This review found statistically significant evidence that early skin to skin contact had positive effects on the success and duration of breastfeeding, and trends towards positive effects on maternal affection behaviour during feeding and attachment. The infants also cried less and one group (late preterm infants) showed more stable cardiorespiratory function.The authors  also commented that there were no negative associations found.

It is completely natural and instinctive for mothers and their young to be in close contact after birth, and it makes sense that this creates the optimal physiological state for the pair. I am not against hospital births at all; both my children have been born under obstetric care in modern hospitals and personally, I wouldn’t have had it any other way. However, within that medical system, there are ways to make sure that you and your infant start your relationship in the best way possible, and one way is to make sure you have early skin to skin contact.

 

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‘Nighttime Parenting: How to get your baby and child to sleep’ by William Sears (La Leche League International book)

Penguin, 1999 (Revised edition)

Dr Sears makes a very valid point in this book when he says that “sleep problems occur when night waking exceeds your ability to cope”. In contrast to much of the parenting advice which says what your child ‘should’ be able to do, Dr Sears is refreshing as he emphasises that your night waking child is normal, and discusses ways to increase your ability to cope with it rather than ‘train’ the child.

Dr Sears is a paediatrician and a father to eight children, and strongly advocates for ‘attachment parenting’ as opposed to ‘detachment parenting’. After birth, this involves breastfeeding, child led weaning, co-sleeping, and responding to your baby’s cries promptly (as well as other emotional commitments and preparation). He is opposed to letting babies ‘cry it out’ or enforcing routines onto infants, which is a reason why this book resonated with me.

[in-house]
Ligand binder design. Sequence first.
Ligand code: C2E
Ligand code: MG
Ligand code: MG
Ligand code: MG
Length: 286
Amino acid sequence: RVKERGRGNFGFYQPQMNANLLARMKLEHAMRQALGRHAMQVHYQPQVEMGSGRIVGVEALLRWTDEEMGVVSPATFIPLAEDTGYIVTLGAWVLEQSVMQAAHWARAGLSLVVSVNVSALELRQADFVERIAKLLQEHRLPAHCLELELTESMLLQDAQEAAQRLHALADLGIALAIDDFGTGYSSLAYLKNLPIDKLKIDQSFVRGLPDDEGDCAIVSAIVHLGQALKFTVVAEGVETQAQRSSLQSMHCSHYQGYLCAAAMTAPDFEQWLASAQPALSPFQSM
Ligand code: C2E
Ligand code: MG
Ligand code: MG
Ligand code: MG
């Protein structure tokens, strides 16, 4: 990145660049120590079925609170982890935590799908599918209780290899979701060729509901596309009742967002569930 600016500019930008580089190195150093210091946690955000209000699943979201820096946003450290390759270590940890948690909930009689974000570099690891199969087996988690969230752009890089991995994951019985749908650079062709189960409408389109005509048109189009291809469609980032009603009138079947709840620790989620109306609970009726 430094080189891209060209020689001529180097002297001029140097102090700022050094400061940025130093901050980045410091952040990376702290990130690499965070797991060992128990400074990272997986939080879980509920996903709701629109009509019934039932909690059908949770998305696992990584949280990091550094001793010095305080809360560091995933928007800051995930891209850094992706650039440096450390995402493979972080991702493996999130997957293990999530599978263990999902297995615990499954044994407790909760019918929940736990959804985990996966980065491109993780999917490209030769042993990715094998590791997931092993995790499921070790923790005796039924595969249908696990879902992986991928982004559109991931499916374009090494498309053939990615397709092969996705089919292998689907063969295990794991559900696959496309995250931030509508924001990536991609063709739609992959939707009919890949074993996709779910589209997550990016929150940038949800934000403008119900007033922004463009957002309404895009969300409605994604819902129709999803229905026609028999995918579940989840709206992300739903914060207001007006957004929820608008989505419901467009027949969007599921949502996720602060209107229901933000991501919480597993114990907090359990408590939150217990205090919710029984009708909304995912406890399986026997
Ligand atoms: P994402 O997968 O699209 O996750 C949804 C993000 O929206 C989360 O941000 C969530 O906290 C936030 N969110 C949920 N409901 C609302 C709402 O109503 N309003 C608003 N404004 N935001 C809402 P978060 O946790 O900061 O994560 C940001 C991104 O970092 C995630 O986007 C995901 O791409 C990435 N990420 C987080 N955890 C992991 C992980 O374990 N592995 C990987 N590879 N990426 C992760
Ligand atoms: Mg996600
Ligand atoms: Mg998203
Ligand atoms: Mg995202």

In terms of his advice about sleep, he begins by explaining the basic science of sleep and how it differs between adults and parents, and why babies wake at night. As well as listing possible medical causes, he explains the survival and developmental triggers for waking. In contrast to the advice that most mothers — including me — were given, he encourages us to ‘parent’ our children to sleep, whether that be by rocking or breastfeeding, and he also strongly suggests that we sleep with out babies in our beds.

This book is written in simple, gentle, encouraging language and it certainly gave me a feeling of peace and reassurance. Dr Sears states clearly that our culture’s expectations of infant sleep are too high, and that as parents we must expect to rearrange our lives to cope with night waking. There is some sensible advice about ways to stop night feeding, and a great chapter reminding fathers of their role in parenting.

I am not sure how helpful this book would be to someone who was not breastfeeding, as one of his main suggestions feeding your baby back to sleep, and there is no discussion about bottle fed babies. His other big suggestion is bringing baby into your bed, and for families who are not willing to do this, it may again have limited use. This clearly is aimed at parents who are not looking for a quick fix, and unfortunately, so many parents now have expectations which are just too high.

However, for mothers who breastfeed and are opposed to parent-led routines, and know that it is not right to leave your child to cry, it is a lovely book which affirms and reassures you that your instincts are correct. Dr Sears reminds us that the long term gain for your child from responding to her cries is worth the sleepless nights.

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I think that all parents have times when they want – or do – leave their babies to cry in the hope that they’ll fall asleep. I think for anyone considering ‘controlled crying’, this is required reading:  Australian Association for Infant Mental Health’s position statement.

Infants whose parents respond and attend to their crying promptly learn to settle more quickly in the long run as they become secure in the knowledge that their needs for emotional comfort will be met.

Infants from about six months of age suffer from differing degrees of anxiety when separated from their parents. This anxiety continues until they can learn that their parents will return when they leave, and that they are safe. This learning may take upto three years…If controlled crying is used it would be most appropriate after the child has an understanding of the meaning of the parents’ words, to know that the parent will be coming back and to be able to feel safe without the parents’ presence. Developmentally this takes about three years.

Night waking won’t last forever, and we all need to remind ourselves in the wee hours that this is what we signed up for, and it will end…